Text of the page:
Following an 18-month collaboration agreement, Télécom SudParis (a member of the Télécom & Société Numérique Carnot Institute (TSN) and IDEMIA, the global leader in augmented identity, have finalized the design for a contactless biometric reader, based on a patent filed by two Télécom SudParis researchers. The technology transfer to IDEMIA has just been completed.
Fingerprint spoof detection
The technology comprises a next-generation biometric fingerprint scanner called BioDigital. It is an effective tool for combating identity spoofing and also provides a solution to difficulties related to the very nature of biometric data through improved recognition of damaged fingerprint surfaces. “The quality of the reconstructed image of the internal fingerprint is what makes our technology truly original,” says Bernadette Dorizzi, Dean of Research at Télécom SudParis.
Télécom SudParis and IDEMIA have worked in close collaboration. The group provided an assessment algorithm and compiled a database for its assessment, which made it possible to demonstrate that BioDigital is able to provide safer and more effective fingerprint matching by also detecting spoofed fingerprints, and has a success rate of nearly 100%.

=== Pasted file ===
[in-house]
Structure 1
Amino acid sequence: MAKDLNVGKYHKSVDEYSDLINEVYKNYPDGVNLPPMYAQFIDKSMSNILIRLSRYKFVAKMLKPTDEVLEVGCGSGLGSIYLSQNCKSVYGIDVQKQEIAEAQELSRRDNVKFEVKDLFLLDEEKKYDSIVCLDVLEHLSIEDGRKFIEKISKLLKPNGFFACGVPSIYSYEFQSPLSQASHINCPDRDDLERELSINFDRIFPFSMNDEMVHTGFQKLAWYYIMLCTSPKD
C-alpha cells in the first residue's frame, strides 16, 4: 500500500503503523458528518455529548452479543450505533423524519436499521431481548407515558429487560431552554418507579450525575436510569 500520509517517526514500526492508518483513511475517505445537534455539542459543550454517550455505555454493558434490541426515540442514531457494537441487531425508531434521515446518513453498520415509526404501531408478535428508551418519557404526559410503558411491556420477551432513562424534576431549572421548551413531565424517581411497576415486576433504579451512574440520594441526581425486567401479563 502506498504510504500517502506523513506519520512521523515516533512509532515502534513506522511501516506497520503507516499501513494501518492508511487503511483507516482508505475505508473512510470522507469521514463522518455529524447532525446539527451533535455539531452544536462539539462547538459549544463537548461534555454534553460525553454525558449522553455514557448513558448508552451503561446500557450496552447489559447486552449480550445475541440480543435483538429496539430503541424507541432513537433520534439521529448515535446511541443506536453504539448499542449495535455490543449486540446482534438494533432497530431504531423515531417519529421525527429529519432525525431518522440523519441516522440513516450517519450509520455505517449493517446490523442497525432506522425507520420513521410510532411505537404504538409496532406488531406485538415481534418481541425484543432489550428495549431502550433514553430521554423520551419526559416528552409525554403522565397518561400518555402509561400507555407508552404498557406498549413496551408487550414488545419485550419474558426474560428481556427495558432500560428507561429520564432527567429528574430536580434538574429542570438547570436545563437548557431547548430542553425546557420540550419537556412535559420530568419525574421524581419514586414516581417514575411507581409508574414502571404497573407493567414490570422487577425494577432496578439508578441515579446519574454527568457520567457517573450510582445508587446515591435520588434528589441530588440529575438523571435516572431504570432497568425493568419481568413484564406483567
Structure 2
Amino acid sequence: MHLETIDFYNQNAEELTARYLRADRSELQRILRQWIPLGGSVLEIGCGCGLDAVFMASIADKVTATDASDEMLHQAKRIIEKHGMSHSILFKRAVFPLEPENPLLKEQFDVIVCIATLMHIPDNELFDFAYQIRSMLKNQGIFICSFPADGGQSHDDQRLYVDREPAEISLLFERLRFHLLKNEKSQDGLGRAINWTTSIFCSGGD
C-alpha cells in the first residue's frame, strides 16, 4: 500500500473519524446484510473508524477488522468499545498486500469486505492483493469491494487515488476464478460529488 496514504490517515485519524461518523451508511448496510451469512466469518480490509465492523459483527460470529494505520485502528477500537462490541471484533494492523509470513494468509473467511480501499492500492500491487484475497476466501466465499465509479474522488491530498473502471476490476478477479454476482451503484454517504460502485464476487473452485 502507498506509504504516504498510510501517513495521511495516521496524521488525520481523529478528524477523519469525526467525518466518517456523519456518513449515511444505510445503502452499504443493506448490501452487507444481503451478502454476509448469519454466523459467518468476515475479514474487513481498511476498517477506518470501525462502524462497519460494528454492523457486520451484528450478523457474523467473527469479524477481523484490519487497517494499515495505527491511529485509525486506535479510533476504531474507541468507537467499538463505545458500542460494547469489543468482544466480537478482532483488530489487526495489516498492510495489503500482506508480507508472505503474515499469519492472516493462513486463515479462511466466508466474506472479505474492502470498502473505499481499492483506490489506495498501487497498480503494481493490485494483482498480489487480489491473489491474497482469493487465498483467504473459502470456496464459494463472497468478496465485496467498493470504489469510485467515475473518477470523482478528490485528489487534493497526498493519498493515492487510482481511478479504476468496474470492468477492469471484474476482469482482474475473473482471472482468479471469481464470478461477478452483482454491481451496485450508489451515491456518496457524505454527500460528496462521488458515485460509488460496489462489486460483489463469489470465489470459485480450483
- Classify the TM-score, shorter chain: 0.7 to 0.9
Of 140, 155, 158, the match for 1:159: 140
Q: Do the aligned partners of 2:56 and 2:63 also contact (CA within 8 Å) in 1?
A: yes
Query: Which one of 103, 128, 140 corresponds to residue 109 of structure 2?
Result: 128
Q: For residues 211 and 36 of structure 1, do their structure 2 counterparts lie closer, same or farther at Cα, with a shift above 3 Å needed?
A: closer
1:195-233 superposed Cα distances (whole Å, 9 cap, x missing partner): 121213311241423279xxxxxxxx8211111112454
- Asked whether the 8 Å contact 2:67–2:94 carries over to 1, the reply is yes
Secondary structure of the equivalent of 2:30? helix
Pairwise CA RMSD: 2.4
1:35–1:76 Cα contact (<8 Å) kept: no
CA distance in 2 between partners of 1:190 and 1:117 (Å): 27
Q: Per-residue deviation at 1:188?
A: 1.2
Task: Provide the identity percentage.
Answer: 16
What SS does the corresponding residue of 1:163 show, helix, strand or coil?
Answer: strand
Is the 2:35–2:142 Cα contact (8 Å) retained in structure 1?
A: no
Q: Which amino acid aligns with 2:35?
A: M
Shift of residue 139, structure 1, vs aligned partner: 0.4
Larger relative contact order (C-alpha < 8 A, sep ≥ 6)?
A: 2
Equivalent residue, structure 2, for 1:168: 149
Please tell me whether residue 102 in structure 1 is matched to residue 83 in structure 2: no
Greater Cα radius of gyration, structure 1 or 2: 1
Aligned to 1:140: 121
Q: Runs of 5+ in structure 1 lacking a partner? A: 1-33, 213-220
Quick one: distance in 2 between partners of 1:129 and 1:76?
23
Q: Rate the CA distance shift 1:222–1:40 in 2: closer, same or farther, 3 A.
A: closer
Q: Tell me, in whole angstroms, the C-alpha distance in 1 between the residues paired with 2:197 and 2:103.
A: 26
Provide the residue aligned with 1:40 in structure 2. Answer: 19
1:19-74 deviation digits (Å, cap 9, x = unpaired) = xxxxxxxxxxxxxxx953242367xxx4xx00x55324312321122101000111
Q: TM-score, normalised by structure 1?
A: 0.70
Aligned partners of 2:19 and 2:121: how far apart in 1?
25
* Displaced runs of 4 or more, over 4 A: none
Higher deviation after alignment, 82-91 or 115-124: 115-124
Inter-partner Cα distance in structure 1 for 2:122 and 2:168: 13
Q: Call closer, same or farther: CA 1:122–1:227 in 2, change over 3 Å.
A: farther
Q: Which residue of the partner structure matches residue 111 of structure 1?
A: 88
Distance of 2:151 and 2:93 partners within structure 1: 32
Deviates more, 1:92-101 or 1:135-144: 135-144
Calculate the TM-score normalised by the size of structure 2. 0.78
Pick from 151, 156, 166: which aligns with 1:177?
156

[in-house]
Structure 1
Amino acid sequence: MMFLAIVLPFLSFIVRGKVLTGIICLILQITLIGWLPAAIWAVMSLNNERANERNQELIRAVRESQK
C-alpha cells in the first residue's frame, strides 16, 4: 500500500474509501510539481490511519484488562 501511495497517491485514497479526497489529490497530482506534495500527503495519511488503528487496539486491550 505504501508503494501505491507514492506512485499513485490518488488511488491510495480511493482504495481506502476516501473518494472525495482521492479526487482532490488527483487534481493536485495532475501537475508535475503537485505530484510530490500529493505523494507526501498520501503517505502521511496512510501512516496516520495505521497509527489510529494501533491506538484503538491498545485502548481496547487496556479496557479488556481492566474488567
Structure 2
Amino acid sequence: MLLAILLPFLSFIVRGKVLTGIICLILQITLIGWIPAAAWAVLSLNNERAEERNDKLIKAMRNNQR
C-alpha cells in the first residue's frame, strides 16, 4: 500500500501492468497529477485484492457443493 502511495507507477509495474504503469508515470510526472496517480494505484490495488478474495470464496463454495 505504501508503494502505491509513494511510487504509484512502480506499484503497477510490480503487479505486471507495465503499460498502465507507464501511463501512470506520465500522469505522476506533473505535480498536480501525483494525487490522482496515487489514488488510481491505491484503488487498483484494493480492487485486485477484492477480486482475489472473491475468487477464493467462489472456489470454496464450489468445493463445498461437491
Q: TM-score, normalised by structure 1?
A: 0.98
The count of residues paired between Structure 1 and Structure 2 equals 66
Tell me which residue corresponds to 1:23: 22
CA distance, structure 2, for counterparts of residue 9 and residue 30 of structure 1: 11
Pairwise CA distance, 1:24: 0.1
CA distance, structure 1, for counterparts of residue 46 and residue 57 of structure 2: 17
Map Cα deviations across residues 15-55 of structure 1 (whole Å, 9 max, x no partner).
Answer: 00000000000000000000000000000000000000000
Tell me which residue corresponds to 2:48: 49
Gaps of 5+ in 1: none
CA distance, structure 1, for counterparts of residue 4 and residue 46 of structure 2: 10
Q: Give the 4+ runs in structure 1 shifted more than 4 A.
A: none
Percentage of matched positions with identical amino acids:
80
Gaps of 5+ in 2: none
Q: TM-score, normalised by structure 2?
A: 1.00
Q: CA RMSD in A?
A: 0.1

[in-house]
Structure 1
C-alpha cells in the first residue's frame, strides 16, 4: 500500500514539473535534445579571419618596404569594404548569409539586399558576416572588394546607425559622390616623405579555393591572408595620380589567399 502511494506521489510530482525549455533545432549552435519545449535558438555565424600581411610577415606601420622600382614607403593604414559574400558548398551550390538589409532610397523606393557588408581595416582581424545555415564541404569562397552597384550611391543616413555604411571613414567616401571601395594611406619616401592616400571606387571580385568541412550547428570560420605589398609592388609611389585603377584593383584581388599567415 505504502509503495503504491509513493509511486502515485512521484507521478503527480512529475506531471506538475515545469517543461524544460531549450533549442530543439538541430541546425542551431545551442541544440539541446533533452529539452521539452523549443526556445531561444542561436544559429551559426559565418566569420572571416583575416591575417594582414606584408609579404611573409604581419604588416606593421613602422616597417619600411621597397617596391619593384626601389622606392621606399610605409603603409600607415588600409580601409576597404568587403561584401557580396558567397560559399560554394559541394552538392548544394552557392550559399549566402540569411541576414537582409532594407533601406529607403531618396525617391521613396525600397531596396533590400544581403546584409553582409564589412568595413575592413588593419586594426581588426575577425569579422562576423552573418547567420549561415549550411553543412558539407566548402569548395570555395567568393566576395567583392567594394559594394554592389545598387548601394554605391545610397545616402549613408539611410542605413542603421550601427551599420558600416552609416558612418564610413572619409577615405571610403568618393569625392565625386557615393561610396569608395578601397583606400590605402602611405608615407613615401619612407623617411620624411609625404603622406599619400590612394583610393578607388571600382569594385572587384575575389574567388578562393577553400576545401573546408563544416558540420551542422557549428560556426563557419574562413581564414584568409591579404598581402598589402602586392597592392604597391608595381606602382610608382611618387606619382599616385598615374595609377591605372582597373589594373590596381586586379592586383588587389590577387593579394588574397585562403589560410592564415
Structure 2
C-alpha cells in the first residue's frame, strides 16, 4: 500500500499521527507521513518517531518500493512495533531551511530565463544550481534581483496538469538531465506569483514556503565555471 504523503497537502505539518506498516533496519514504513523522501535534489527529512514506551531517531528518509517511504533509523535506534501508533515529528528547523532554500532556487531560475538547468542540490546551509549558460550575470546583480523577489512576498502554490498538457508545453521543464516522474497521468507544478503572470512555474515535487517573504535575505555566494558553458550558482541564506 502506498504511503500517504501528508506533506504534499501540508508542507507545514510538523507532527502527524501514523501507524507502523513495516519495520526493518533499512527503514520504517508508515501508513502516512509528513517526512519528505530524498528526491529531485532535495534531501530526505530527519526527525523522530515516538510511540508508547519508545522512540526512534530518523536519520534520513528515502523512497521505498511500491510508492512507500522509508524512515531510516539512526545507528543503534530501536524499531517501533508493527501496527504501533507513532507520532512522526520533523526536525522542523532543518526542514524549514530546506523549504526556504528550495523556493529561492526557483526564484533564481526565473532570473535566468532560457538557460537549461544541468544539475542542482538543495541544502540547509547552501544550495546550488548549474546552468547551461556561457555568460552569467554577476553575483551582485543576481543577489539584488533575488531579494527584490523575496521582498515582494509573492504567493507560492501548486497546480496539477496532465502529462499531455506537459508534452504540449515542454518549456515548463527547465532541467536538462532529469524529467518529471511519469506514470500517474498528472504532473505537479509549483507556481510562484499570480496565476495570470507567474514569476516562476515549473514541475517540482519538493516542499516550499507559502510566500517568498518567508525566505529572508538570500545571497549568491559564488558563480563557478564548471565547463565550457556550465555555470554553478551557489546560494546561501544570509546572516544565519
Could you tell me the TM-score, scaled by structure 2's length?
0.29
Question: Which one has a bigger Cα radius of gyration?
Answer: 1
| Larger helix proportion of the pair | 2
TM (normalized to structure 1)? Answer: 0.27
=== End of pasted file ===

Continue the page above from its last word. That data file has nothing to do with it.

Subcutaneous fingerprint and sweat pore network recognition
This contactless technology recognizes not only the fingerprint, but also the subcutaneous print and the network of sweat pores. It is based on optical coherence tomography which produces 3D images using light “echoes”. This allows BioDigital to provide access to fingerprints without direct contact with the reader. Along with this innovation, the system also provides an exceptional image reconstruction quality. “By fusing phase and intensity images, we’ve succeeded in obtaining as natural an image as possible,” says Yaneck Gottesman, research professor at Télécom SudParis.
“For a certain number of crucial applications such as the protection of critical infrastructures, spoofing attacks are a real issue and it’s a race between hackers and technology developers like IDEMIA. Once this technology is put into production and integrated in our products, it has the potential to put us another step ahead,” adds Jean-Christophe Fondeur, Executive Vice-President for Research & Development at IDEMIA.